Kenora is a small city in Northern Ontario. It had a 2016 population of 15,000. Kenora is the westernmost major centre in Ontario. Surrounded by wilderness and thousands of lakes, and on the northern tip of Lake of the Woods, Kenora is in "cottage country" and is a vacation resort in Central Canada.
In 1905, the town of Rat Portage was amalgamated with the towns of Keewatin and Norman in 1905 to form the present-day City of Kenora. Kenora's name came from the three towns: Ke - Keewatin, No - Norman, Ra - Rat Portage.
In the summer months visitors flock to the area for swimming, biking, fishing, hiking, and boating. In the winter months, visitors come for ice fishing, snowboarding, skiing (downhill and cross country) and snowmachining.
Kenora has two travel information centers. On the Harbourfront, there is a blue and grey building on Bernier Dr. The Discovery Centre serves visitors year-round from its location at 931 Lake View Drive, just off of Highway 17 West (the Trans-Canada Highway).
Kenora is sometimes stereotyped as an archetypal "hoser" community, evidenced by the phrase "Kenora dinner jacket" as a nickname for a flannel shirt.
Kenora's future site was in the territory of the Ojibway when the first European, Jacques de Noyon, sighted Lake of the Woods in 1688. Pierre de La Vérendrye established a secure French trading post, Fort St. Charles, to the south of present-day Kenora near the current Canada/U.S. border in 1732, and France maintained the post until 1763 when it lost the territory to the British in the Seven Years' War — until then, it was the most northwesterly settlement of New France. In 1836 the Hudson's Bay Company established a post on Old Fort Island, and in 1861, the company opened a post on the mainland at Kenora's current location.
Gold and the railway were both important in the community's early history: gold was discovered in the area in 1850, and by 1893, 20 mines were operating within 24 km (15 mi) of Rat Portage. The first Canadian ocean-to-ocean train passed through in 1886 on the Canadian Pacific Railway.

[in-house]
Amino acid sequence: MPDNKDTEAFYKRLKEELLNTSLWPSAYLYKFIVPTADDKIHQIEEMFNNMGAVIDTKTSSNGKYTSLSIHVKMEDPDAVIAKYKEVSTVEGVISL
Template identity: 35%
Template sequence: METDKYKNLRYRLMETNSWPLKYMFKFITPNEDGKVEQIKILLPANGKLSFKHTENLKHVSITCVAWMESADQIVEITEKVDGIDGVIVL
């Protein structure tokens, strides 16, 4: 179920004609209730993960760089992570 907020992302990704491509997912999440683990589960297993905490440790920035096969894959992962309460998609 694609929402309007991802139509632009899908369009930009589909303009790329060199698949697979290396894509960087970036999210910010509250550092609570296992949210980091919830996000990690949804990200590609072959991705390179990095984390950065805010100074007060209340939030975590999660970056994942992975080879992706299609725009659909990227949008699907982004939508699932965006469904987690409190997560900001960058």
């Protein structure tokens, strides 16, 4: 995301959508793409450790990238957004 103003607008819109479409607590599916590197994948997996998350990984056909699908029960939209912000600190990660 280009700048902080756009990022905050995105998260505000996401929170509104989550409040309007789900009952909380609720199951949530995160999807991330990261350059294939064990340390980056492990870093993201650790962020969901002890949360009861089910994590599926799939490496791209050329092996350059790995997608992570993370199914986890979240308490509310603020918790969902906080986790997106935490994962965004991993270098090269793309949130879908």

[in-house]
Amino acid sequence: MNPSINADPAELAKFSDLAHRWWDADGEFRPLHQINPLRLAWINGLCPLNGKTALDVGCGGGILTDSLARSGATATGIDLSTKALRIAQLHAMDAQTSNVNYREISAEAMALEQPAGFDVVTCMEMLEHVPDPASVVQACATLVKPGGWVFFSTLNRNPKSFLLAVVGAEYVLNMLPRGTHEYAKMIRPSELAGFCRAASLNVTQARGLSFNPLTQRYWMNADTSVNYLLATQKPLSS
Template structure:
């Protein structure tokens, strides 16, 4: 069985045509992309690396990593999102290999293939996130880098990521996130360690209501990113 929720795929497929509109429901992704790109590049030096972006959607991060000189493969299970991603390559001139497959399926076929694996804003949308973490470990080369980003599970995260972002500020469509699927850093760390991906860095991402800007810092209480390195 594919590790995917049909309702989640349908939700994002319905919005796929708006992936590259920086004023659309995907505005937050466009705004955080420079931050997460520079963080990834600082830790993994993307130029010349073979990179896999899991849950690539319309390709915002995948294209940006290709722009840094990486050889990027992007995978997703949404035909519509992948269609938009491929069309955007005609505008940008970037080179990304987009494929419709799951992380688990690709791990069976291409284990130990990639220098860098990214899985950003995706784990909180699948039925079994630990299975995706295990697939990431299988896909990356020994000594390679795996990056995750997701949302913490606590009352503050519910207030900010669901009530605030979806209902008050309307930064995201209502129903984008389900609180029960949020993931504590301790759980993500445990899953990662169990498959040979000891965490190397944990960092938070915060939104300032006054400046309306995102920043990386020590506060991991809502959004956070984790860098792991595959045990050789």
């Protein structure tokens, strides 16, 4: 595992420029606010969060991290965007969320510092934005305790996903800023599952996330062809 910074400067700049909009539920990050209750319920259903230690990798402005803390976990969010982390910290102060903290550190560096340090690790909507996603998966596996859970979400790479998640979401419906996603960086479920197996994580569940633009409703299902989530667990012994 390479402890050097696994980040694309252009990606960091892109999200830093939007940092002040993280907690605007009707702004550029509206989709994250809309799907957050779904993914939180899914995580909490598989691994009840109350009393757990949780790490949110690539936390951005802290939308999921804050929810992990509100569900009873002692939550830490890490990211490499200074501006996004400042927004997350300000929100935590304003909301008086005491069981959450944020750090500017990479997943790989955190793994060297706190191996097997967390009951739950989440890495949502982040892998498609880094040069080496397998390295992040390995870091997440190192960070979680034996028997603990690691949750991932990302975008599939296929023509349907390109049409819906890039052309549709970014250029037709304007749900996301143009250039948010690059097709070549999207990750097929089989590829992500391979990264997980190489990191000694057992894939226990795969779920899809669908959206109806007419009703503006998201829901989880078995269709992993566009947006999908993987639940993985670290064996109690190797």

Later, a highway was built through Kenora in 1932, now a part of the Trans-Canada Highway, placing the community on both of Canada's major transcontinental transportation routes.
During the Prohibition era in the United States, the Lake of the Woods served as a smuggler's route for the transport of alcohol.
The importance of the logging industry declined in the second part of the 20th century, and the last log boom was towed into Kenora in 1985. The tourist and recreation industries have become more important.
Kenora has a humid continental climate with warm summers and cold, dry winters. Winters are cold with a January high of −11 °C (12.2 °F) and a low of −21 °C (−5.8 °F). Temperatures below −20 °C (−4.0 °F) occur on 45 days. The average annual snowfall is 158 centimetres (62 in), which is lower than places to the east as it is influenced by the dry air of continental high pressure zones, resulting in relatively dry winters. Summers are warm with a July high of 24 °C (75.2 °F) and a low of 15 °C (59.0 °F) and temperatures above 30 °C (86.0 °F) occur on 5.3 days. The average annual precipitation is 662 millimetres (26 in), with most of it being concentrated in the summer months with June being the wettest month and February the driest.